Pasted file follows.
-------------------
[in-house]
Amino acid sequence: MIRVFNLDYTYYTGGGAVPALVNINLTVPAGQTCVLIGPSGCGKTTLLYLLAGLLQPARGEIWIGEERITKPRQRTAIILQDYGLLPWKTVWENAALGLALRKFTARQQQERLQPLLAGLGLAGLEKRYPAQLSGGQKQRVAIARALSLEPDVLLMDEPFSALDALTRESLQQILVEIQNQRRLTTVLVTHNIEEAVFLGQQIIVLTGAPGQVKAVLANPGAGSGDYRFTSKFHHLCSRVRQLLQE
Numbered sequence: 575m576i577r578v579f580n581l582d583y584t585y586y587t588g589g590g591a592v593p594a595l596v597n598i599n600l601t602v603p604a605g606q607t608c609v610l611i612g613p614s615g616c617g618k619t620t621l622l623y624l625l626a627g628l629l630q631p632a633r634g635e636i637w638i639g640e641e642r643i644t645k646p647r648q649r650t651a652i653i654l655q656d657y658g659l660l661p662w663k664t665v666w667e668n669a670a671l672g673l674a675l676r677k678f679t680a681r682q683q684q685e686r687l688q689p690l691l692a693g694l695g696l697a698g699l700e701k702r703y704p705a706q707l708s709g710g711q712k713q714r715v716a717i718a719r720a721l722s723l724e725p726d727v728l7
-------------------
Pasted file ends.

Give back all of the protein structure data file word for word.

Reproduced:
[in-house]
Amino acid sequence: MIRVFNLDYTYYTGGGAVPALVNINLTVPAGQTCVLIGPSGCGKTTLLYLLAGLLQPARGEIWIGEERITKPRQRTAIILQDYGLLPWKTVWENAALGLALRKFTARQQQERLQPLLAGLGLAGLEKRYPAQLSGGQKQRVAIARALSLEPDVLLMDEPFSALDALTRESLQQILVEIQNQRRLTTVLVTHNIEEAVFLGQQIIVLTGAPGQVKAVLANPGAGSGDYRFTSKFHHLCSRVRQLLQE
Numbered sequence: 575m576i577r578v579f580n581l582d583y584t585y586y587t588g589g590g591a592v593p594a595l596v597n598i599n600l601t602v603p604a605g606q607t608c609v610l611i612g613p614s615g616c617g618k619t620t621l622l623y624l625l626a627g628l629l630q631p632a633r634g635e636i637w638i639g640e641e642r643i644t645k646p647r648q649r650t651a652i653i654l655q656d657y658g659l660l661p662w663k664t665v666w667e668n669a670a671l672g673l674a675l676r677k678f679t680a681r682q683q684q685e686r687l688q689p690l691l692a693g694l695g696l697a698g699l700e701k702r703y704p705a706q707l708s709g710g711q712k713q714r715v716a717i718a719r720a721l722s723l724e725p726d727v728l7